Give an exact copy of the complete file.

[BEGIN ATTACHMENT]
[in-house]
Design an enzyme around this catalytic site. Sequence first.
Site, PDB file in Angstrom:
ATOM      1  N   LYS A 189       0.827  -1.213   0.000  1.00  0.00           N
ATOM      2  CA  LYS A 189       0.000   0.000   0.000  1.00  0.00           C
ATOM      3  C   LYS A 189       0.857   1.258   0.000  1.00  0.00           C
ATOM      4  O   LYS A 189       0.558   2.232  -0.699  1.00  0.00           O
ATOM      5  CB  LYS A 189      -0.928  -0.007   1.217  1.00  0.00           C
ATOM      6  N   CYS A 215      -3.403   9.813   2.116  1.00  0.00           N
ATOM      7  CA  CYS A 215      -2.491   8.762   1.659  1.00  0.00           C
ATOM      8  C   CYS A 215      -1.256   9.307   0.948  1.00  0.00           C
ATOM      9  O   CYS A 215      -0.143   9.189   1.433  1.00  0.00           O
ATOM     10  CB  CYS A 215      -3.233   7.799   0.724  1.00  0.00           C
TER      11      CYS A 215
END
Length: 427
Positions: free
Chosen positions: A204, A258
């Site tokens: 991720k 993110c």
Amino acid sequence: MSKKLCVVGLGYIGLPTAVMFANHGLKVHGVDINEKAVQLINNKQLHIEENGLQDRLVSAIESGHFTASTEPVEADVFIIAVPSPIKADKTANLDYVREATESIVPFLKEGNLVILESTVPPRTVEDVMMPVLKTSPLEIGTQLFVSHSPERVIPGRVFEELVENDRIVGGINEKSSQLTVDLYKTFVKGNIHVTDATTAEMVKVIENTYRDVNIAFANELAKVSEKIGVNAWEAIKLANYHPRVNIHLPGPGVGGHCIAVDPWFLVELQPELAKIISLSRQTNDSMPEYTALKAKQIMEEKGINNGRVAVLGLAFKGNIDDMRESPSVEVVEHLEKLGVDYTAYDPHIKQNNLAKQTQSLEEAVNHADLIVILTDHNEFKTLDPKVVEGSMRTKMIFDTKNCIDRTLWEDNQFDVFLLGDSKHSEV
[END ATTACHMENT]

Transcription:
[in-house]
Design an enzyme around this catalytic site. Sequence first.
Site, PDB file in Angstrom:
ATOM      1  N   LYS A 189       0.827  -1.213   0.000  1.00  0.00           N
ATOM      2  CA  LYS A 189       0.000   0.000   0.000  1.00  0.00           C
ATOM      3  C   LYS A 189       0.857   1.258   0.000  1.00  0.00           C
ATOM      4  O   LYS A 189       0.558   2.232  -0.699  1.00  0.00           O
ATOM      5  CB  LYS A 189      -0.928  -0.007   1.217  1.00  0.00           C
ATOM      6  N   CYS A 215      -3.403   9.813   2.116  1.00  0.00           N
ATOM      7  CA  CYS A 215      -2.491   8.762   1.659  1.00  0.00           C
ATOM      8  C   CYS A 215      -1.256   9.307   0.948  1.00  0.00           C
ATOM      9  O   CYS A 215      -0.143   9.189   1.433  1.00  0.00           O
ATOM     10  CB  CYS A 215      -3.233   7.799   0.724  1.00  0.00           C
TER      11      CYS A 215
END
Length: 427
Positions: free
Chosen positions: A204, A258
């Site tokens: 991720k 993110c």
Amino acid sequence: MSKKLCVVGLGYIGLPTAVMFANHGLKVHGVDINEKAVQLINNKQLHIEENGLQDRLVSAIESGHFTASTEPVEADVFIIAVPSPIKADKTANLDYVREATESIVPFLKEGNLVILESTVPPRTVEDVMMPVLKTSPLEIGTQLFVSHSPERVIPGRVFEELVENDRIVGGINEKSSQLTVDLYKTFVKGNIHVTDATTAEMVKVIENTYRDVNIAFANELAKVSEKIGVNAWEAIKLANYHPRVNIHLPGPGVGGHCIAVDPWFLVELQPELAKIISLSRQTNDSMPEYTALKAKQIMEEKGINNGRVAVLGLAFKGNIDDMRESPSVEVVEHLEKLGVDYTAYDPHIKQNNLAKQTQSLEEAVNHADLIVILTDHNEFKTLDPKVVEGSMRTKMIFDTKNCIDRTLWEDNQFDVFLLGDSKHSEV